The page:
Wednesday, October 22, 2008

The candidates are talking about it, the pundits are talking about it, everyone is pointing fingers and assigning blame, but it turns out Billy Joel was right – the epicenter of the problem is somewhere near Allentown, PA. Yahoo News reports that Elizabeth Feudale-Bowes, aka the woman in "the bubble," is causing real estate values to tumble in her neighborhood, creating a ripple effect that is scarring the whole nation.

Feudale-Bowes lives in South Whitehall township in what looks like a modern steel-and-porcelain shed, not so different from what you would pay a hefty sum to purchase if you were buying it from a hipster shed company such as MetroShed. Granted, her accessory dwelling has a little bit of a 4-H agricultural tent feel to it, but the environmentally-safe 160-square foot residence is more aesthetically pleasing than most safe dwellings I have seen (and certainly most dilapidated sheds). Paranoid neighbors are terrified that Feudale-Bowes living space is "unstable and so unsightly it could drag down their property values" and thus a judge has ordered her to tear it down by the end of the month, citing permit violations.

What was the name of that 4-H animal that was smeared with blood and sent to the edge of society to repent for their sins? Do these neighbors not realize their property values are plummeting for reasons other than a sick woman living in a structure slightly bigger than an animal pen?



Feudale-Bowes has environmental illness, aka multiple chemical sensitivities. She was diagnosed by the nation's preeminent MCS specialist, Dr. William Rea – a man so heroic that, like many doctors with MCS, he has been living under threat of having his license revoked. Many people with MCS appreciate Feudale-Bowes shantytown style of architecture, since they spearheaded the green shabby chic movement that has been co-opted by many small-scale green builders. A number of people with MCS in fact live in makeshift structures in a makeshift community outside of Dallas, for the sole purpose of seeing Dr. Rea for medical care. Their "homes" are typically old pull trailers that are lined inside with many coats of special sealants designed to seal in chemical components, or special builder's foil and foil tape, often with some of the soft innards ripped out, perhaps replaced by steel box springs and organic blankets.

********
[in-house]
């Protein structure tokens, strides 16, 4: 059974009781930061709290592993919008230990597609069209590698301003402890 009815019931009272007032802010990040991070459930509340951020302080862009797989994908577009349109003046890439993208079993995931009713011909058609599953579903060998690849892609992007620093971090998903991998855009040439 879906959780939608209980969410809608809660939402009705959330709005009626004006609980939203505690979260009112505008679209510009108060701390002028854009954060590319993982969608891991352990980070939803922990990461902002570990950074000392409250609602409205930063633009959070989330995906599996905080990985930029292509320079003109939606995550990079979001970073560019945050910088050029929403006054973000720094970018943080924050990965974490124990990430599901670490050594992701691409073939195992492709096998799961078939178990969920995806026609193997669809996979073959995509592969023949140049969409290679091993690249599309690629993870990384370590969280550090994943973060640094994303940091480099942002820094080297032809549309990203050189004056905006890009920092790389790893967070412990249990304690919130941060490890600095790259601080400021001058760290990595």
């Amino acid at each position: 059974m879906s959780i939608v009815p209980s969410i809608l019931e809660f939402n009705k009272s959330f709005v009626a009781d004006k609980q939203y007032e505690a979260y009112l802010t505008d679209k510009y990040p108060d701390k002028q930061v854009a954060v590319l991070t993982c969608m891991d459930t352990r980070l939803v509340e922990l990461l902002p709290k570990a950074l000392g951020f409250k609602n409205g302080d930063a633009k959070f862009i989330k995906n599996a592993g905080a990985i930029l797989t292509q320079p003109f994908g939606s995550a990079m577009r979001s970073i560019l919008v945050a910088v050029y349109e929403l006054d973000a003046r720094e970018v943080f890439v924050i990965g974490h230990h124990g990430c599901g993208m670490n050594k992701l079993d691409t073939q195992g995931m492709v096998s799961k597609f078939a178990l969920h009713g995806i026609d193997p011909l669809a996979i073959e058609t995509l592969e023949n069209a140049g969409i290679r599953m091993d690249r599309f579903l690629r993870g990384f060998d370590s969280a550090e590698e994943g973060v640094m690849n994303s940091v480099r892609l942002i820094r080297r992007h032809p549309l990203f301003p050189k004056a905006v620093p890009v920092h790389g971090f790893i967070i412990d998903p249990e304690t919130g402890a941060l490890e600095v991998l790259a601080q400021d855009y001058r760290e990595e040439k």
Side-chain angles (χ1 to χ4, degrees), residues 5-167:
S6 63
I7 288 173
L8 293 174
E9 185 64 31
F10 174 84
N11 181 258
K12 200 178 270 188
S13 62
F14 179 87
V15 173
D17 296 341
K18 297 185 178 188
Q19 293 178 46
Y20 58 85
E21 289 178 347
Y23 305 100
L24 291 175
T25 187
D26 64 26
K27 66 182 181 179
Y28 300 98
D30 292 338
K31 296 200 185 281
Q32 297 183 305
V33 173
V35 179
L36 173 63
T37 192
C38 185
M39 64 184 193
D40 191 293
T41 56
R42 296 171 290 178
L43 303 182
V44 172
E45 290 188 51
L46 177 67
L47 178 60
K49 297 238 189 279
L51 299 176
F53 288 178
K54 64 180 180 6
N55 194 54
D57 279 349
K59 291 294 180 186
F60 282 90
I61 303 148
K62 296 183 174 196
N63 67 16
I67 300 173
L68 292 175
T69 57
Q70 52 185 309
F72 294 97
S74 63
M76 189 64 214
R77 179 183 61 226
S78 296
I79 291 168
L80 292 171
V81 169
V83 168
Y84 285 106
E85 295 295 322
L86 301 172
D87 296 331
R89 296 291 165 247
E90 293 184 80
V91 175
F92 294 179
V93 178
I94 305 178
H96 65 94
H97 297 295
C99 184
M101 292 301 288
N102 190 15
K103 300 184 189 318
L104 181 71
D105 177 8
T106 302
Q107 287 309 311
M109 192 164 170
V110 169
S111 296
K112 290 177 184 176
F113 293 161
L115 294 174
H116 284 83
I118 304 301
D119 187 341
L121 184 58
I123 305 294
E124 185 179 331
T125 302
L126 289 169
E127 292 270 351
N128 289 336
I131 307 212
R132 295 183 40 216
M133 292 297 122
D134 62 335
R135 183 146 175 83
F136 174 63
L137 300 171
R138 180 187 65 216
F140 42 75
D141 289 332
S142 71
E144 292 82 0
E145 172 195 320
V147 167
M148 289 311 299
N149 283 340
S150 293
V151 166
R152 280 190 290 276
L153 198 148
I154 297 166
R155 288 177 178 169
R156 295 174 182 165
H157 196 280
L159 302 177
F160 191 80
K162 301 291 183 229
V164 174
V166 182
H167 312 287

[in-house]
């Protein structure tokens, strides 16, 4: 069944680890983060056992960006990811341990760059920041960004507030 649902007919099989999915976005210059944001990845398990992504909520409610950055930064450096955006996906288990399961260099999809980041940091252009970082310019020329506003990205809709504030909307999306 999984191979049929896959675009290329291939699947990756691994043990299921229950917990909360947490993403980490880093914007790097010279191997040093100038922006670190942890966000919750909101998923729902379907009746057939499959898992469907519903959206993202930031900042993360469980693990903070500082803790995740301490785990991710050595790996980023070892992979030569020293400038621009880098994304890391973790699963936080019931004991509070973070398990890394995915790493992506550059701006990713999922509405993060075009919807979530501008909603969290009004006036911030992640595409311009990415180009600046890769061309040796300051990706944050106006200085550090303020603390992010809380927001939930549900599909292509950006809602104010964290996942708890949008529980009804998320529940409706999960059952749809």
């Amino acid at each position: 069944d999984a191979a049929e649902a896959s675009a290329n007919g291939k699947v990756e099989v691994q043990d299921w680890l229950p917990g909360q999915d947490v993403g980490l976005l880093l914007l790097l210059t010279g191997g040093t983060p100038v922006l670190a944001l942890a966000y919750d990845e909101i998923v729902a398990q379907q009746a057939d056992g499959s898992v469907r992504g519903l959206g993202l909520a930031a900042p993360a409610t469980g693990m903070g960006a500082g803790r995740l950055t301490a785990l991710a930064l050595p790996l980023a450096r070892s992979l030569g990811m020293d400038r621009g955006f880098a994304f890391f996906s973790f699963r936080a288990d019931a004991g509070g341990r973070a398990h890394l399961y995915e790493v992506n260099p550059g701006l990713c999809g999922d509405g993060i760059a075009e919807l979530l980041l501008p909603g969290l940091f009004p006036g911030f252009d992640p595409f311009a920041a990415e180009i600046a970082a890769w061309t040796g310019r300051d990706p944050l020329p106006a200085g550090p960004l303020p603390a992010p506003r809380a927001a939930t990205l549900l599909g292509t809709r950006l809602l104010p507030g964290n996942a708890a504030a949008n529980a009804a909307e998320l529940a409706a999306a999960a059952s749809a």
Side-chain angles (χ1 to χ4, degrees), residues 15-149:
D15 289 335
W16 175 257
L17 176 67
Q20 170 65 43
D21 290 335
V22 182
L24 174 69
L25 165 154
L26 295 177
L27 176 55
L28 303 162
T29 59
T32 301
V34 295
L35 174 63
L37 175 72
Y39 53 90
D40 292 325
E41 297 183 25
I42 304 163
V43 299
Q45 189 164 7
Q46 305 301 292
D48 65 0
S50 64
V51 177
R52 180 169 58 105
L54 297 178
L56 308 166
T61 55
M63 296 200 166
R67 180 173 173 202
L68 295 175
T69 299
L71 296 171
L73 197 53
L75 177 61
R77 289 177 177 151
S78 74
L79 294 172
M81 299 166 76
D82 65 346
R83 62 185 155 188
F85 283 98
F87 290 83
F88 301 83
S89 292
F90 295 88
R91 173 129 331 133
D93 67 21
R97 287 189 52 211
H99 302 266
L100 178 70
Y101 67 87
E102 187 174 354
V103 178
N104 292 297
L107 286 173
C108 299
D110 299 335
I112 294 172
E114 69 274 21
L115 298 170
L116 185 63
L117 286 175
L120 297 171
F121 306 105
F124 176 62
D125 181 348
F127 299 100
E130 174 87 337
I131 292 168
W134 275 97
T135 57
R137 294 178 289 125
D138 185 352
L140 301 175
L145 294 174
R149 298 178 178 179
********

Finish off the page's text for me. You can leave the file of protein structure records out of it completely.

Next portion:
Many MCS patients are not lucky enough to afford adequate housing or medical care and live like refugees, driven out of their homes by building toxins and forced out of society by the toxins in daily products. They live in their cars, in wire cages, in tents, or in renovated trailers (homeless shelters are not fragrance and chemical free and thus inaccessible to people with MCS). The Environmental Health Coalition of Western Massachusetts did a survey and found that 57 percent of people with MCS had been homeless at some point since becoming sick. I don't know that there is any other population in America that rivals this level of homelessness, but the problem is not being addressed. A friend of mine, who finally found refuge in one of the few places with MCS acceptance, left me a tearful message the other day in which she said, "I am not living like a refugee – for the first time in my adult life." This friend was homeless for years due to MCS.

A few lucky patients have eventually found the means (typically after many years of struggle and loss) to either renovate homes to MCS-safe standards (as I have done) or build nontoxic residences. However, people with MCS are still almost universally ostracized in their communities, and life with MCS is undeniably lonely. My PCA who has MCS mentioned to me yesterday that most of us with MCS have all been "labeled" in our small towns in Massachusetts. Hearing this made me so self-conscious. I'm not sure what kind of freak label I'm wearing where I live, because I'm so exiled from my community, but my interactions with the "outside" frequently remind me that my illness is barely being tolerated.